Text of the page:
A look at events around the world


Compact, intense and memorable, the Avignon Film Festival (late June) is the auteur theory applied to a fest: One guy, American Jerry Rudes, founded and programs it and moderates all the panels. It has actually shrunk in its 23 years — from 10 days to four and from four screens to two — which may well be a plus. Since few screenings overlap, you’re torn less than at most fests, and there are zero barriers between filmmakers and the general public, with everything conducted in both French and English.

— Lisa Nesselson


Only 8 years old, the Buenos Aires Independent Film Festival (in April) puts great stock in its independence, with an adventurous taste for world cinephilia that few fests can match. Its development (under founder Eduardo Antin — know as Quintin — and current director Fernando Pena) exactly coincided with the resurgence in Argentine cinema, while its generous surveys of filmmakers’ complete works (no less than 15 in 2006) lend it a strong historical bent.

— Robert Koehler


This Bologna, Italy, festival (early July) is a paradise for fest and arthouse programmers because it’s the perfect pairing of academic interests with the sheer joy of moviegoing. Where else can you see Vincente Minnelli’s “Brigadoon” at lunchtime and Sarah Bernhardt silents before dinner, and still look forward to a full week of similar delights?

— Jay Weissberg


Yes, smack in the middle of the Strip — well, a couple of blocks away to be exact — is one of the few U.S. fests that mixes pure pleasure with a mighty serious ambition for discovery. Held entirely inside the trendy (and cool) Palms Hotel in June, this smart confab — greatly benefiting from the direction of Trevor Groth, a top Sundance programmer — displays young cinema at its best, from pop faves to boldly experimental films that straighter fests habitually ignore.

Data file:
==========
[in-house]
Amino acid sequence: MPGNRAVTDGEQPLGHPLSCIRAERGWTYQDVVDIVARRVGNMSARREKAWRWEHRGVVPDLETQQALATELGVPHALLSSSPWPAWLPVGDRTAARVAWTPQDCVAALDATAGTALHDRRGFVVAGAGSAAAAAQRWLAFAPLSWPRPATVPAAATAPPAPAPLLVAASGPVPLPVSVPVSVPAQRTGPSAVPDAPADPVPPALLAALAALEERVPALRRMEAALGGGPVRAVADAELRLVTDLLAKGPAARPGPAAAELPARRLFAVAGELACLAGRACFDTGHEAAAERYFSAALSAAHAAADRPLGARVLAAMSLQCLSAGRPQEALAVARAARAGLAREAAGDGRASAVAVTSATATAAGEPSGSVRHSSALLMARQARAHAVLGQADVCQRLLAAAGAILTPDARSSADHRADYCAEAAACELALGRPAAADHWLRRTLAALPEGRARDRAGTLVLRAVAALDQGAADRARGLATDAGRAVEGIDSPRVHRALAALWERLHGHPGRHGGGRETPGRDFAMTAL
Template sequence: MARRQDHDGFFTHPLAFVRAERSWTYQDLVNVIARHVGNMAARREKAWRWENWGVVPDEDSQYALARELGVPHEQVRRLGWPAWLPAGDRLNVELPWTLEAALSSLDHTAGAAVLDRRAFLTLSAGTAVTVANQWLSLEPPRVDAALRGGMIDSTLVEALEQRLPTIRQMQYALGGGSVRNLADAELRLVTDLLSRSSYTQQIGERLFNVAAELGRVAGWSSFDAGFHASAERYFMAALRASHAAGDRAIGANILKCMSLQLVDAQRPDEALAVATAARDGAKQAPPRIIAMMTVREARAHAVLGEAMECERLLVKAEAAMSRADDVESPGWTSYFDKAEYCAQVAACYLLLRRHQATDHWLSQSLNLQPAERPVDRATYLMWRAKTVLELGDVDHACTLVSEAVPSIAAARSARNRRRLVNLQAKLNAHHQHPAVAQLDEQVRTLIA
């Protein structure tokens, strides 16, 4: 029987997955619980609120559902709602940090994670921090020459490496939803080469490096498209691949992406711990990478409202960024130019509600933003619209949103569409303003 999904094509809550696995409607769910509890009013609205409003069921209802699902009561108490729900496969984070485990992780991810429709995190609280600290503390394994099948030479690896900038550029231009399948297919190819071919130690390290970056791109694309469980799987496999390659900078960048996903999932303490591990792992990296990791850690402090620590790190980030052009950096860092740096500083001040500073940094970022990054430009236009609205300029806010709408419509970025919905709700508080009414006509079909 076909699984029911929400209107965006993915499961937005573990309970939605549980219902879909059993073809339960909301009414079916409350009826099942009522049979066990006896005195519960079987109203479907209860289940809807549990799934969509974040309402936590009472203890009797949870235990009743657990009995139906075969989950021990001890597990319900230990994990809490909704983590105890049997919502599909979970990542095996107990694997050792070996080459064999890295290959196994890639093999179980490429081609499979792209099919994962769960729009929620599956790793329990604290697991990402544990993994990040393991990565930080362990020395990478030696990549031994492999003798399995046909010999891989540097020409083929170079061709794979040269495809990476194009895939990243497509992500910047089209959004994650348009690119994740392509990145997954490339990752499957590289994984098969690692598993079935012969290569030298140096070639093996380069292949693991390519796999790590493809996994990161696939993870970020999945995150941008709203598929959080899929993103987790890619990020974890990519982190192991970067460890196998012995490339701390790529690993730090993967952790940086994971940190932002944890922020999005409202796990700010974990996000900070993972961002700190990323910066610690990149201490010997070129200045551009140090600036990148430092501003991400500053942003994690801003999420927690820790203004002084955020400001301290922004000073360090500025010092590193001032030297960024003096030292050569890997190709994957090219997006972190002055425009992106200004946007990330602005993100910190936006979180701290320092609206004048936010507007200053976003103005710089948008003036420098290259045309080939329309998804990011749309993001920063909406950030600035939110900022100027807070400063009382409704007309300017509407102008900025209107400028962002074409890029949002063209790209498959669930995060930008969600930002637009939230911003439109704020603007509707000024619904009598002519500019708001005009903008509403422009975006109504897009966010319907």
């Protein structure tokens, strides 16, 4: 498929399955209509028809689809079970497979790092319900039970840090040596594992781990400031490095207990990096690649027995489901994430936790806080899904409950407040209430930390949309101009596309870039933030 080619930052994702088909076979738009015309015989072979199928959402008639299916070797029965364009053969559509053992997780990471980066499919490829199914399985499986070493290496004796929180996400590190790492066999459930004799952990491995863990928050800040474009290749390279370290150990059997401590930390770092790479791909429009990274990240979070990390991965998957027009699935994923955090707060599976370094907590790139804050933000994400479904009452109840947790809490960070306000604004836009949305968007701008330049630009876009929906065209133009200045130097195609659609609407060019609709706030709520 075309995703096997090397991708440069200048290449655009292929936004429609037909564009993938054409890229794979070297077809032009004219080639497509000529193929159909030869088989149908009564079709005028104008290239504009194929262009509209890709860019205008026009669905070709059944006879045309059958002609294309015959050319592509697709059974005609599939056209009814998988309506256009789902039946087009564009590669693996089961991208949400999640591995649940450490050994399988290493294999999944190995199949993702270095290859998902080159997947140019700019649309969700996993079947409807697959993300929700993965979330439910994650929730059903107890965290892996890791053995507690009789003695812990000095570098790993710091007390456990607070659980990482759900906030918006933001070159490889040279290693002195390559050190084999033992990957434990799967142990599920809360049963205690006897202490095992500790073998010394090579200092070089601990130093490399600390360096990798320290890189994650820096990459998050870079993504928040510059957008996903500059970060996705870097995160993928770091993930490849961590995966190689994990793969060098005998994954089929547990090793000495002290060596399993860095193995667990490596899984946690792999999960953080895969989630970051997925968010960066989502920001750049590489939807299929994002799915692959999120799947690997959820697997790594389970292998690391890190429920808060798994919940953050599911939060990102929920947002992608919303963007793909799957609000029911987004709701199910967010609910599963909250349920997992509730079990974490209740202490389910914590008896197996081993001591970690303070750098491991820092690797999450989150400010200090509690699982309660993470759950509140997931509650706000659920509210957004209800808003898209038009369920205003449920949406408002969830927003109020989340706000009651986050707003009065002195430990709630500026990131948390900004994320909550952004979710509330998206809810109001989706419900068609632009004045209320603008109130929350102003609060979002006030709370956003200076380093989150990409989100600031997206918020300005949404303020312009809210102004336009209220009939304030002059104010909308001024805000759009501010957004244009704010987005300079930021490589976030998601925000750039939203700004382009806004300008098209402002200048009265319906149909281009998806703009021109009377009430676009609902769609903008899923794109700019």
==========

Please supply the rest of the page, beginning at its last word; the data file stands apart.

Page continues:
— Robert Koehler


Otherwise known as the Open Russian Film Festival Kinotavr, this Russian event (June) in the Black Sea resort town of Sochi (think Atlantic City, but more declasse) struggled for years in the shadow of the Moscow film fest. New management in 2005 dropped the international competition, rebranding Sochi as a showcase for Russian pics and co-productions. Fortunately, this coincided with a local resurgence in quality production, making it a key stop for Russophile buyers and fest programmers.

— Leslie Felperin

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